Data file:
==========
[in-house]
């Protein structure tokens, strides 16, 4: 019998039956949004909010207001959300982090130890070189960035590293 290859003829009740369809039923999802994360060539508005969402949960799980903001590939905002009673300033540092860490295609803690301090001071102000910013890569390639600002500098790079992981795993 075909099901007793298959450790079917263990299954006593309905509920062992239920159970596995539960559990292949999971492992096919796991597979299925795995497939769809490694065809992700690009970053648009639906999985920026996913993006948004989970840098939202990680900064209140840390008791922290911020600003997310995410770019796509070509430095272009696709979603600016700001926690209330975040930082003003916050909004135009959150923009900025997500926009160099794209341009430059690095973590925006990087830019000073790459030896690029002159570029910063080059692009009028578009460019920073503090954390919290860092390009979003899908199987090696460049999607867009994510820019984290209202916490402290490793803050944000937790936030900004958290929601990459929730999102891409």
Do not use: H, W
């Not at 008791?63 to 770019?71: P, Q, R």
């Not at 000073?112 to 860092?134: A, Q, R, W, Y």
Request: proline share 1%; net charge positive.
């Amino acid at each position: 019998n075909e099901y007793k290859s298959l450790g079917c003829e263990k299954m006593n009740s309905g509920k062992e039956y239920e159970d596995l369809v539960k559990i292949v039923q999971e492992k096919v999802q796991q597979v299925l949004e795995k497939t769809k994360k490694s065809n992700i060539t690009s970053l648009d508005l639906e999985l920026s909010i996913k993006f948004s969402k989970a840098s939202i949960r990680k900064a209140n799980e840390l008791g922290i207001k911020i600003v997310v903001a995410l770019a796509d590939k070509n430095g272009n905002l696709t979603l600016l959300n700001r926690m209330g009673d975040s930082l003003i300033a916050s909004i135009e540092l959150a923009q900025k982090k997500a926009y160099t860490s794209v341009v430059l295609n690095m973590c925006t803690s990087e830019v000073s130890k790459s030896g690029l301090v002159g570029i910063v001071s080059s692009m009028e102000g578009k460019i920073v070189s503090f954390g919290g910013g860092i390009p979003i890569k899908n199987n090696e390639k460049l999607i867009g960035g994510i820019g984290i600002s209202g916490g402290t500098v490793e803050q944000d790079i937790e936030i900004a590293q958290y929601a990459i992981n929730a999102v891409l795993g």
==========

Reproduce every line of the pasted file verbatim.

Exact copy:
[in-house]
């Protein structure tokens, strides 16, 4: 019998039956949004909010207001959300982090130890070189960035590293 290859003829009740369809039923999802994360060539508005969402949960799980903001590939905002009673300033540092860490295609803690301090001071102000910013890569390639600002500098790079992981795993 075909099901007793298959450790079917263990299954006593309905509920062992239920159970596995539960559990292949999971492992096919796991597979299925795995497939769809490694065809992700690009970053648009639906999985920026996913993006948004989970840098939202990680900064209140840390008791922290911020600003997310995410770019796509070509430095272009696709979603600016700001926690209330975040930082003003916050909004135009959150923009900025997500926009160099794209341009430059690095973590925006990087830019000073790459030896690029002159570029910063080059692009009028578009460019920073503090954390919290860092390009979003899908199987090696460049999607867009994510820019984290209202916490402290490793803050944000937790936030900004958290929601990459929730999102891409």
Do not use: H, W
């Not at 008791?63 to 770019?71: P, Q, R």
């Not at 000073?112 to 860092?134: A, Q, R, W, Y």
Request: proline share 1%; net charge positive.
């Amino acid at each position: 019998n075909e099901y007793k290859s298959l450790g079917c003829e263990k299954m006593n009740s309905g509920k062992e039956y239920e159970d596995l369809v539960k559990i292949v039923q999971e492992k096919v999802q796991q597979v299925l949004e795995k497939t769809k994360k490694s065809n992700i060539t690009s970053l648009d508005l639906e999985l920026s909010i996913k993006f948004s969402k989970a840098s939202i949960r990680k900064a209140n799980e840390l008791g922290i207001k911020i600003v997310v903001a995410l770019a796509d590939k070509n430095g272009n905002l696709t979603l600016l959300n700001r926690m209330g009673d975040s930082l003003i300033a916050s909004i135009e540092l959150a923009q900025k982090k997500a926009y160099t860490s794209v341009v430059l295609n690095m973590c925006t803690s990087e830019v000073s130890k790459s030896g690029l301090v002159g570029i910063v001071s080059s692009m009028e102000g578009k460019i920073v070189s503090f954390g919290g910013g860092i390009p979003i890569k899908n199987n090696e390639k460049l999607i867009g960035g994510i820019g984290i600002s209202g916490g402290t500098v490793e803050q944000d790079i937790e936030i900004a590293q958290y929601a990459i992981n929730a999102v891409l795993g």